Like well mannered young person moving to a new city to attend college, my priorities in my new home in San Francisco were as such: find a place to live, find a place to get food, and mostimportantly, find a place for cheap beer. Within the city limits of San Francisco that last requirement is found by so many dedicated students in the Mission District.
Nestled pretty close to the center of the city, the Mission sits surrounded by SoMa to the west, Bernal Heights to the south, and the Castro to the east.
Not Twin Peaks
For such a small city it has always been incredible to me how it can sustain so many distinct neighborhoods with their unique characteristics. Even the most aloof resident of the city (and there are many) can tell what part of the city they are in by the architecture, the shops and restaurants, the bars and attractions, the geography.
The Sunset is not Twin Peaks. Pac Heights is not the Presidio. You try to stay away from Hunters Point. And still no one exactly knows where Excelsior is.
When it comes to the Mission you will know you’re there by a few distinct traits beyond the cheap beer: due the geography of the city it is probably the warmest and sunniest part of the city; there are two BART (subway) stops; and it is the largest Latino community in the city.
The area has had a Spanish influence since 1776 when Spanish priest Francisco Palou founded the Mission for which the city is named- after St. Francisco de Assisi. Prior to that the area had been inhabited by the Yeluma Indians for over 2000 years but as everyone knows, whenever you mix Europeans and natives… one of them is going to disappear and it will probably the ones who haven’t been making use of gun powder for 1000 years.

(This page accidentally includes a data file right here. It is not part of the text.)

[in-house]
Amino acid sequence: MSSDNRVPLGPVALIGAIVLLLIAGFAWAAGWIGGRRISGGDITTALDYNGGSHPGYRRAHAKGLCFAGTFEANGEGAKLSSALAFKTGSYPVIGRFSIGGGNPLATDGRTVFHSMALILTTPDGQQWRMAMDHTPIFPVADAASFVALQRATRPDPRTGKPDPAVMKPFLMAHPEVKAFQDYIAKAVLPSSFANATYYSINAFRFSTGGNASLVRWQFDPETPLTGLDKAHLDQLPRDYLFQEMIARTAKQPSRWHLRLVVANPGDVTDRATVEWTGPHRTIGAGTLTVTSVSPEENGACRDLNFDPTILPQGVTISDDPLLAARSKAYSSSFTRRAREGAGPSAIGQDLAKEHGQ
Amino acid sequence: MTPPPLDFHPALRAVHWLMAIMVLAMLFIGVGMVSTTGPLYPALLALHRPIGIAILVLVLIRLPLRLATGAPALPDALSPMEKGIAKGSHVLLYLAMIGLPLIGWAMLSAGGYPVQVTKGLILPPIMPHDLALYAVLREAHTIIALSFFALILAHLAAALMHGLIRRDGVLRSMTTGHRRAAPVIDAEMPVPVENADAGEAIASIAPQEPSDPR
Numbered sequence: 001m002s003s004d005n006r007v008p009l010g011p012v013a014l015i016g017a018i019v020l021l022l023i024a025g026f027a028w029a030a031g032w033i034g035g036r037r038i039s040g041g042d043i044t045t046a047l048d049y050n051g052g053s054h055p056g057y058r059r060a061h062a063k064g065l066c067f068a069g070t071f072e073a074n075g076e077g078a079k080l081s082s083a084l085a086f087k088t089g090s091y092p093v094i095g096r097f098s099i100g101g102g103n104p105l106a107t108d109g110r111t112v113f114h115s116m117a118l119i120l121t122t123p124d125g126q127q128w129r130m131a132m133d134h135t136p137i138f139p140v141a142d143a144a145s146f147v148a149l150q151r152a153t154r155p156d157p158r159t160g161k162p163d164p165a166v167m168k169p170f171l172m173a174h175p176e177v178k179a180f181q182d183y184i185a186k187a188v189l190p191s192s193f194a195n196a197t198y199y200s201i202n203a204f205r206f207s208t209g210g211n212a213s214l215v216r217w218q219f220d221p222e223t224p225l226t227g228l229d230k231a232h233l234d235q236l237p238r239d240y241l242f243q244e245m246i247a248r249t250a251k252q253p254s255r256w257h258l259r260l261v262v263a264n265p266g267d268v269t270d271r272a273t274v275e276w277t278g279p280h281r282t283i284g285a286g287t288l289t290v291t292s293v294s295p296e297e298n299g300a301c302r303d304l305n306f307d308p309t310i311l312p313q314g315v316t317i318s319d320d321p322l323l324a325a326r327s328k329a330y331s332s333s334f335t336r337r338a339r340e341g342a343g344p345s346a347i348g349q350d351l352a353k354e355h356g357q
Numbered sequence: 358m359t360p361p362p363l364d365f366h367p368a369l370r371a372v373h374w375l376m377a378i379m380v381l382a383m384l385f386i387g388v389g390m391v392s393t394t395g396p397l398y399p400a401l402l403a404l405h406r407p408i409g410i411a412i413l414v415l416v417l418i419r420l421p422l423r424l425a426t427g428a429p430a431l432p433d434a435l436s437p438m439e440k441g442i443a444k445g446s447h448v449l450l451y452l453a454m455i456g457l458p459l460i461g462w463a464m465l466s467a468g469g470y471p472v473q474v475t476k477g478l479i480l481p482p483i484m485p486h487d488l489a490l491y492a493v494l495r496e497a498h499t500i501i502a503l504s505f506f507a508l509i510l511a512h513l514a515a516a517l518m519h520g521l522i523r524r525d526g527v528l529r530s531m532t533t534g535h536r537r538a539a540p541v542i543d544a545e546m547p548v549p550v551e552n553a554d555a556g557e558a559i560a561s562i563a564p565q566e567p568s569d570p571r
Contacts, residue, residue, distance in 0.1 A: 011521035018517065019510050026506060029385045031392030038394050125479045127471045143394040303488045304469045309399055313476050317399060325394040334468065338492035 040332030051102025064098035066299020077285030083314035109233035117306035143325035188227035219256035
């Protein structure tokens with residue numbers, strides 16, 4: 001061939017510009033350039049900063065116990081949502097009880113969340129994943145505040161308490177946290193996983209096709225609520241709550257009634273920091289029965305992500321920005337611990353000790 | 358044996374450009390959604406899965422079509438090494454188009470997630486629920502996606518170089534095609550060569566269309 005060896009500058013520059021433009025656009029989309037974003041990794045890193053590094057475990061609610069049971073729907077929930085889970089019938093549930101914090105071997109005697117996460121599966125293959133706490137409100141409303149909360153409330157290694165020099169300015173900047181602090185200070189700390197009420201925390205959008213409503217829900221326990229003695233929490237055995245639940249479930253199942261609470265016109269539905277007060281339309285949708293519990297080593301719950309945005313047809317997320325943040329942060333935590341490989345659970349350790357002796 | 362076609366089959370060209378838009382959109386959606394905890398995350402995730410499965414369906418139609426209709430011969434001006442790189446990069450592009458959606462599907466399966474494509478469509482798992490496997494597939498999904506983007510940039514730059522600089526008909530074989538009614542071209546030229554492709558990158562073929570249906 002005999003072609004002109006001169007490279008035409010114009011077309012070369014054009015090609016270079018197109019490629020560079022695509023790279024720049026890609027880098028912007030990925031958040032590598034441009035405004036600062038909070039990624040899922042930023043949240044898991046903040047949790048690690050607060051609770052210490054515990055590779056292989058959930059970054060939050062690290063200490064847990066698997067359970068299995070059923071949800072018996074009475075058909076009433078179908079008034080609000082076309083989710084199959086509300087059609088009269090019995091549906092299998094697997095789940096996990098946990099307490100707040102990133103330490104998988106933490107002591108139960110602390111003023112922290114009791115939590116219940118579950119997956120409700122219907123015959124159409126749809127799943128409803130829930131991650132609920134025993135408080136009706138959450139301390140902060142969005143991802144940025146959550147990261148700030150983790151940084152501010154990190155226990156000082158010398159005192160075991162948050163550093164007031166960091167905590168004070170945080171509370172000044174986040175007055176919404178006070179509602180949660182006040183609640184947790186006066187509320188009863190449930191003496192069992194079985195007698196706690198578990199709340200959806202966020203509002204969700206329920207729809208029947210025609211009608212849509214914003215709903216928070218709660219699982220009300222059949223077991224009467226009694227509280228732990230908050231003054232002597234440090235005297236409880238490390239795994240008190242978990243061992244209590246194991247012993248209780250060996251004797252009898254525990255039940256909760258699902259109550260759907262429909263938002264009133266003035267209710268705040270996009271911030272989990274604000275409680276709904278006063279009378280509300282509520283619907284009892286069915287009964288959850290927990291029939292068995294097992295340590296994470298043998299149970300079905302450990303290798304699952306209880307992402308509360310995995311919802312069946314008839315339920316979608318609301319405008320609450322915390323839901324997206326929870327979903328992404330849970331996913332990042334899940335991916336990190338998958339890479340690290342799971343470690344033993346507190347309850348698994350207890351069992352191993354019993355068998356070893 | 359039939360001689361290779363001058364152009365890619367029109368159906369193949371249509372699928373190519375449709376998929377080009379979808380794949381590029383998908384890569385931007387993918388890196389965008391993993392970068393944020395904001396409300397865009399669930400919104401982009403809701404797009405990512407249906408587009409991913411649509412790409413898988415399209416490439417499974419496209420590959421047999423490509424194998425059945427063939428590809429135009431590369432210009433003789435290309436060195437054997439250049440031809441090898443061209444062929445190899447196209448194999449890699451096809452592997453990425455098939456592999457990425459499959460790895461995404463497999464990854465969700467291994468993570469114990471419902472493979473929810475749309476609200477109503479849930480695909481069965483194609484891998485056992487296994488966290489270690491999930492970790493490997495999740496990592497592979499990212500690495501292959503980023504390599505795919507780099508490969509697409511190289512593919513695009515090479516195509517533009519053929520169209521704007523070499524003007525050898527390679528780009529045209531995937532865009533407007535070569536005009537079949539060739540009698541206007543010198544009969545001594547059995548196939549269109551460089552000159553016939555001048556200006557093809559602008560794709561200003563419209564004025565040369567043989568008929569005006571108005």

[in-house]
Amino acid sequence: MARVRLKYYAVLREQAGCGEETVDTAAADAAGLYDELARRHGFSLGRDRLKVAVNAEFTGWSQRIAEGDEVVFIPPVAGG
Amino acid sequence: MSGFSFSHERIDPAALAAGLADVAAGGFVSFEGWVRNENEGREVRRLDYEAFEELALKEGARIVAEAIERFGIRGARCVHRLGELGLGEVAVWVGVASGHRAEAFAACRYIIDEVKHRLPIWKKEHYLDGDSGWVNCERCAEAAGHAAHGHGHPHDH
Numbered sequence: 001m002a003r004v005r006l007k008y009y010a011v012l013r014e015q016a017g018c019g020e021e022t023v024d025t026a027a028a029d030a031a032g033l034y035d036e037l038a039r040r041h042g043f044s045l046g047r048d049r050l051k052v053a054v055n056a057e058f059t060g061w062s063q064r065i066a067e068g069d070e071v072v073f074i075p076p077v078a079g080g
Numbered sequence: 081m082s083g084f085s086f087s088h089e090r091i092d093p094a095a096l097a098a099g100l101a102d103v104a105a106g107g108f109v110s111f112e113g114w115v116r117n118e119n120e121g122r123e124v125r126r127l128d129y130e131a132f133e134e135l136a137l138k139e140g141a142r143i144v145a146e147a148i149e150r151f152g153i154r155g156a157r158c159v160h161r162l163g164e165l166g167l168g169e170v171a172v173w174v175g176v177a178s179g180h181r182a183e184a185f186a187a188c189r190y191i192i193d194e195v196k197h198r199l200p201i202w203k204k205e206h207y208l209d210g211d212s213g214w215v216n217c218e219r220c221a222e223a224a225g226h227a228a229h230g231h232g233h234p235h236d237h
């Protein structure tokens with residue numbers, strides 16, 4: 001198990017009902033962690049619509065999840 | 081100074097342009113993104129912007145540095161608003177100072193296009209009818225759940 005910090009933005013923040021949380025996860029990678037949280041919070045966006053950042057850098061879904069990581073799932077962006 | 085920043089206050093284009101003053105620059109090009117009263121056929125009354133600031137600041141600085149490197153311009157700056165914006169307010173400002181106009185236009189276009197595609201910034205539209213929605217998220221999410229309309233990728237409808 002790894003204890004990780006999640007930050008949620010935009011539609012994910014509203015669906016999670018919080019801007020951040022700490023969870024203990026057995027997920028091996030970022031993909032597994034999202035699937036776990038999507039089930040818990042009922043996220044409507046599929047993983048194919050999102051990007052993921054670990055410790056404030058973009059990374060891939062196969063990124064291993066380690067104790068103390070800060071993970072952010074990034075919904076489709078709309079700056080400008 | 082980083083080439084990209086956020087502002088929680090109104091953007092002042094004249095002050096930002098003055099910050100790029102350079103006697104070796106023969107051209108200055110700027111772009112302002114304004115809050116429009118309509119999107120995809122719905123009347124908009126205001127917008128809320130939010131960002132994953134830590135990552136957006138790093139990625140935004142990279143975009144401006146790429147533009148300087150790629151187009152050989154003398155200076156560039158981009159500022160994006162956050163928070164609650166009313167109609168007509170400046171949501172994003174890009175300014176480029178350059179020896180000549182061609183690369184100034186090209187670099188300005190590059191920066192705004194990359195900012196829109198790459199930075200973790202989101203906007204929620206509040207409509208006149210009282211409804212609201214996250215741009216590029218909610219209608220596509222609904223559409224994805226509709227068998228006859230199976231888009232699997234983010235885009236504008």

Indian slave labor
The Mission that currently stands was built in 1783, probably with forced Indian slave labor. The surrounding area was owned by various Spanish rancheros with names that are still important to the city of San Francisco like Valencia, Bernal, Noe, Guerrero: these are currently names of streets and neighborhoods throughout the city. Eventually the land was ceded in the deal that ended the Mexican-American War.
The Gold Rush came and went and along with the rest of the city, the Mission District grew economically by leaps and bounds; it was home to California’s very first professional baseball stadium and had a couple of others over the following century which were home to teams like the San Francisco Seals and the Mission Reds.
Throughout most of the 19th and well into the 20th century, the Mission was mainly a German and Irish community. After the earthquake of 1906 so much of the city’s economic and commercial center in the downtown and financial districts had been destroyed or disrupted that the Mission became the main commercial thoroughfare for a short time. The area saw an influx of Polish immigrants as well but like so many other places, once World War II arrived everything changed.